Lyme Art Association in 1922

On August 6, 1921, the Lyme Art Association Gallery was unveiled.[35] The building measured 25'x88' with a wing 25'x32' and one high story.[36] The gallery was built in a T-shape, with trellises wrapping around the back of the structure, which were ready to collect the vines that were beginning to grow.[37] The building featured "white-dipped"[38] shingles. The New York Times wrote about the unveiling:

"Greater appropriateness, beauty of proportions and refinement of taste could hardly be found. The building belongs to the location as completely as a Connecticut wildflower to the countryside...to come upon it in the pleasant landscape is recognize it immediately as an embodiment of art in harmony with its natural surroundings"[39]

Lyme Art Association Gallery inaugural exhibition August 1921
Skylights above laylights at Lyme Art Association

Inside, the walls were "dusky-blue"[40] with "a faint suggestion of gold".[41] The lighting from the skylights was considered perfect, with an even distribution of natural light on the walls.[42] This was made possible by a translucent ceiling of white muslin laylights below the skylights.[43] Inside the gallery, four large pillars stand, which can be removed to create one hall.[44]

Florence Griswold was the first gallery manager of the new building.[45]

Goodman Gallery[edit]

1922 painting of Honorary Lyme Art Association President William O. Goodman by Oliver Dennett Grover

On June 11, 1938 the Lyme Art Association unveiled an additional wing, which it named the Goodman Gallery. Funds for the gallery were given by Erna Sawyer Goodman in memory of her husband, lumber tycoon William O. Goodman, who had been an honorary president of the association and a sponsor of many of its prizes. The builder of the new gallery, L.H. Tiffany, copied Platt's original design for the new gallery, but built it several steps lower, with two French doors leading out to a balcony that once overlooked a lily pond.[46][47]

Art studio[edit]

In 1975 sculptor Elisabeth Gordon Chandler was elected president of LAA.[48] In 1976, she founded a separate institution, Lyme Academy of Fine Arts, and made extensive alterations to accommodate it.[49][50]

Portrait Class in Lyme Art Association studio

In 1978, she completed a two-story art studio, and transformed the basement to accommodate a library, offices, and storage rooms.[51] Artists such as Robert Brackman, Deane G. Keller, and Lou Bonamarte, along with Chandler, taught in the space leased by the Academy.[52]

In June 1982, an historic flood hit Old Lyme.[53] A brook running behind the association was blocked with debris, causing five feet of water to fill the studio and downstairs offices occupied by the Academy.[54] Nevertheless, the academy continued to hold classes at the LAA until 1996 when its twenty-year lease expired.[55]

Exhibitions and events[edit]

Alphaeus P. Cole Gallery at Lyme Art Association
Lyme Art Association members serving tea during Centennial Exhibition in 2002

In 1921, during the 20th annual exhibition, Wilson Irvine was awarded the William S. Eaton Purchase Prize for his painting "Lingering Snow".[56] The 20th annual exhibition in the new gallery had a paid attendance of over 5,000, with sales of artwork exceeding $10,000.[57]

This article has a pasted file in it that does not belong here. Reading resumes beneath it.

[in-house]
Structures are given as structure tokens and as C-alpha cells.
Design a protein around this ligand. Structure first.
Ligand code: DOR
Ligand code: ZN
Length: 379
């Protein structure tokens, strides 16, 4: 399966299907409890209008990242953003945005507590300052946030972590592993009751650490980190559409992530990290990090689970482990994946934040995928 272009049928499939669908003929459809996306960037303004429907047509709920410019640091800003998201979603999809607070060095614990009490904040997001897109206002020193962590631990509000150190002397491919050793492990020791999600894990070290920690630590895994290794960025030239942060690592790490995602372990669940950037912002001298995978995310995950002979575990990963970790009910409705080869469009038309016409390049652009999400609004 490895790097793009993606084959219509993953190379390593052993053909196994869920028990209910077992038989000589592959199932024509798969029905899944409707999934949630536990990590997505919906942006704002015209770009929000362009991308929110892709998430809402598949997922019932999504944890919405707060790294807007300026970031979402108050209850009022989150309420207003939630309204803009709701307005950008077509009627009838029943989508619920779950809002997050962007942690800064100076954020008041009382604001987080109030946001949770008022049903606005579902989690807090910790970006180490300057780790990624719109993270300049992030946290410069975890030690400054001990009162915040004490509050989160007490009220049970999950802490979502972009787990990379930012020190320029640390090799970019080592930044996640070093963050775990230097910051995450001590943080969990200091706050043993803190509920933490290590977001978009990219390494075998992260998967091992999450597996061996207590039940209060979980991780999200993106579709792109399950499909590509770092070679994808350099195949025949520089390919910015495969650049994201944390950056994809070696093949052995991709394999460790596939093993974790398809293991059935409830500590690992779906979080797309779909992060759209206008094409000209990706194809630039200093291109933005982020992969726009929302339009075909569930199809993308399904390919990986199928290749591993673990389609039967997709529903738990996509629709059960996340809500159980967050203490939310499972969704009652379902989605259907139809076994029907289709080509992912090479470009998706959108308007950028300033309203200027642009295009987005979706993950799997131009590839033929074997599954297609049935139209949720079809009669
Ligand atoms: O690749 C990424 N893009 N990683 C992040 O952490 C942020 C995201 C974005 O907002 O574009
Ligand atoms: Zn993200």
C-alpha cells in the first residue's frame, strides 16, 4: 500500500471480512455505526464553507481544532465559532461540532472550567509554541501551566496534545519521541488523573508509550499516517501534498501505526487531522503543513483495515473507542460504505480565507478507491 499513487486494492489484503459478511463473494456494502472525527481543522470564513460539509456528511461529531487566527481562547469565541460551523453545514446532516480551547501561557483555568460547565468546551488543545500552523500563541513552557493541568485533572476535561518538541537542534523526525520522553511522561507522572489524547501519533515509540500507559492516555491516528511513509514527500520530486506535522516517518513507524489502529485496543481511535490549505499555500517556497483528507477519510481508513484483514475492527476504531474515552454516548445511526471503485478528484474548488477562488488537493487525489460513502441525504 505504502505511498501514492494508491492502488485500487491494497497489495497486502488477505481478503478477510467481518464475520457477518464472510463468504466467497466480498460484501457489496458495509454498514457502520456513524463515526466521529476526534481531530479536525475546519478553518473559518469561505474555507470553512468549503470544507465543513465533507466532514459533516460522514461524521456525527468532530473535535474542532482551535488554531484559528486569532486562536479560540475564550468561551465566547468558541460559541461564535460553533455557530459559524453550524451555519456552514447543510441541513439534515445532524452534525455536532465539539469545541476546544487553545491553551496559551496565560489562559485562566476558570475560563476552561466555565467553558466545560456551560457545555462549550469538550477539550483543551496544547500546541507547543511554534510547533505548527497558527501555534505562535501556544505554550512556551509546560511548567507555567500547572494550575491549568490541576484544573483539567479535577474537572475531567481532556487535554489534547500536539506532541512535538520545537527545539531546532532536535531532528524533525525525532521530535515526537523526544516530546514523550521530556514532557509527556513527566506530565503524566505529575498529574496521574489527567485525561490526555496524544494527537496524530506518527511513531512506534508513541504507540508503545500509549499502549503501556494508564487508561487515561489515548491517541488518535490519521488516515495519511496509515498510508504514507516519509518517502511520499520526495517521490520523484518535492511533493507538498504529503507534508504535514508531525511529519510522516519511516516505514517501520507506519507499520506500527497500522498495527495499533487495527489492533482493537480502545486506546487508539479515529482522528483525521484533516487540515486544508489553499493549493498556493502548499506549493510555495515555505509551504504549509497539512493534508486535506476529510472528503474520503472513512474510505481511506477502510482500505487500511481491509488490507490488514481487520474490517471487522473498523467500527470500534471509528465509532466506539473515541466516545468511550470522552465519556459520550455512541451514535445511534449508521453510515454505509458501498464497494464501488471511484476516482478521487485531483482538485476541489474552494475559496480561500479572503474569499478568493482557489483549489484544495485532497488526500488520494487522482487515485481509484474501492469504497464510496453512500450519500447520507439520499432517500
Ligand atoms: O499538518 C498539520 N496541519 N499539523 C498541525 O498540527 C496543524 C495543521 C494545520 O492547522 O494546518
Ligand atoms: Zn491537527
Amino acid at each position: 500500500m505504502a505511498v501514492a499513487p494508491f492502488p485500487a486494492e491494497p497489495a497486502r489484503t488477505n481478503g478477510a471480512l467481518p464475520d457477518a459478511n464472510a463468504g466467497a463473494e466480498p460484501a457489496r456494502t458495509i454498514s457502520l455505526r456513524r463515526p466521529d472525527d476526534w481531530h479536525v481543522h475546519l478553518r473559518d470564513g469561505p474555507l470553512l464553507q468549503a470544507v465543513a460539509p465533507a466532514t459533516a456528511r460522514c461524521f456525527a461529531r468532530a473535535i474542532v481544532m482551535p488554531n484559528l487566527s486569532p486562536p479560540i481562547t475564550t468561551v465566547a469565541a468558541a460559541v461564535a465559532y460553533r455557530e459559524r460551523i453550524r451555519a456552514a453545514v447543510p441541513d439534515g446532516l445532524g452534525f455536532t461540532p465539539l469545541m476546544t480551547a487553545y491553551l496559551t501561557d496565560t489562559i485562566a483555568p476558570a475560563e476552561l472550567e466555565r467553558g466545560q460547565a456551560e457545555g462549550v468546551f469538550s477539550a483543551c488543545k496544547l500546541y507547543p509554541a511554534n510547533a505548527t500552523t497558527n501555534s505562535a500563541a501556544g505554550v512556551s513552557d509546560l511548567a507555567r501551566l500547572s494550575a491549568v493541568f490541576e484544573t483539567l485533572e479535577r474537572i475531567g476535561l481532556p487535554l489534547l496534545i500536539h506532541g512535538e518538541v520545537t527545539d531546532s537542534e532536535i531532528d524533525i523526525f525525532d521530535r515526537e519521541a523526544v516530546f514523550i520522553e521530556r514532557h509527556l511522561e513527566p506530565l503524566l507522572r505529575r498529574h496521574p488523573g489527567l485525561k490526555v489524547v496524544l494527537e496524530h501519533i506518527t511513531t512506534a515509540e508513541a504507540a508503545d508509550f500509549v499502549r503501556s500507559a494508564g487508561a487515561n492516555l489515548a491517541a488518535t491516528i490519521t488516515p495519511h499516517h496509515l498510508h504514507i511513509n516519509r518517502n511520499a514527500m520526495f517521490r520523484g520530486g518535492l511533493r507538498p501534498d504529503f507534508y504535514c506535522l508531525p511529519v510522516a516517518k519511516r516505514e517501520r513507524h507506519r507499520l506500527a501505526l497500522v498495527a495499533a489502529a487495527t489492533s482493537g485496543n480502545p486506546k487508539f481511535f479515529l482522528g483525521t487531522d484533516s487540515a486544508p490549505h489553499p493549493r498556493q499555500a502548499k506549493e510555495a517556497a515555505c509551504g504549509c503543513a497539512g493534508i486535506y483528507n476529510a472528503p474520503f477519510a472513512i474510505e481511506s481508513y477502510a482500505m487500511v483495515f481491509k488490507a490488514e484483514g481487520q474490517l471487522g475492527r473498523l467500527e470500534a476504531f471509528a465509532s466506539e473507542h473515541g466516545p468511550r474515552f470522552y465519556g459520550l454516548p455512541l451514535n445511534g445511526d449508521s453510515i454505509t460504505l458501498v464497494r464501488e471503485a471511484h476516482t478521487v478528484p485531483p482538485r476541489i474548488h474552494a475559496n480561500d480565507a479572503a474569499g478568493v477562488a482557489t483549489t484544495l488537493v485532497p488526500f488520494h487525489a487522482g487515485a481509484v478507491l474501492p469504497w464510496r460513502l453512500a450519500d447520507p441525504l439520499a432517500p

In the 21st Annual Exhibition in 1922 Ivan Olinsky was awarded the first award under the Museum Purchase Plan, a program instituted to place LAA member work in associate museum members. Olinsky's painting "Leonore in a Russian Blouse" was allotted to the Dayton Art Institute.[58][59]

1933 saw Lyme Art Association extend the exhibition season with their First Annual Autumn Exhibition.[60]

In October 1971, Lyme Art Association was included in the Old Lyme Historic District which was named to the National Register of Historic Places. This process was carried out by Mrs. John Crosby Brown, then President of the Lyme Historical Society-Florence Griswold Association.[61]

In 1972, heating was installed in the LAA gallery, allowing exhibitions to take place during the colder months.[62]

The Center Gallery was renamed the Alphaeus P. Cole Gallery in 1976. Cole, a noted local artist and member of LAA, was honored by the association in tribute of his 100th birthday. [63] [64]

In 1996, a major retrospective at LAA was held to commemorate the 75th anniversary of the gallery. Works by Henry Ward Ranger, Bruce Crane, Robert Vonnoh, Willard Metcalf, Childe Hassam, Carleton Wiggins, Guy C. Wiggins and William Chadwick were featured. Artwork by Ornithologist Roger Tory Peterson was also on display. Also featured was the Goodman Presentation Case, consisting of 35 small works by early Lyme artists, which were originally presented to LAA honorary President William O. Goodman.[65]

In 1997, a footbridge linking Florence Griswold Museum and LAA was built, a project proposed by the museum.[66]

In 2002 LAA held a centennial exhibition to commemorate the first exhibition at the Phoebe Griffin Noyes Library in 1902. 130 early works of 76 of the early members were displayed along with work by current members. During the exhibition, Lieutenant Governor Jodi Rell visited the gallery and declared July 8 "Lyme Art Association Day" to honor the centennial.[67][68] Additionally, LAA featured a retrospective of the work of Deane G. Keller, entitled "Go Figure", concurrent with the Centennial Exhibition.[69]

In 2005, the gallery held a retrospective exhibition of the architect of Lyme Art Association, Charles A. Platt, featuring many of his paintings and etchings.[70]

In 2010, a flood sent two feet of water into the basement of LAA, causing more than $60,000 worth of damage, and the loss of archival material.[71]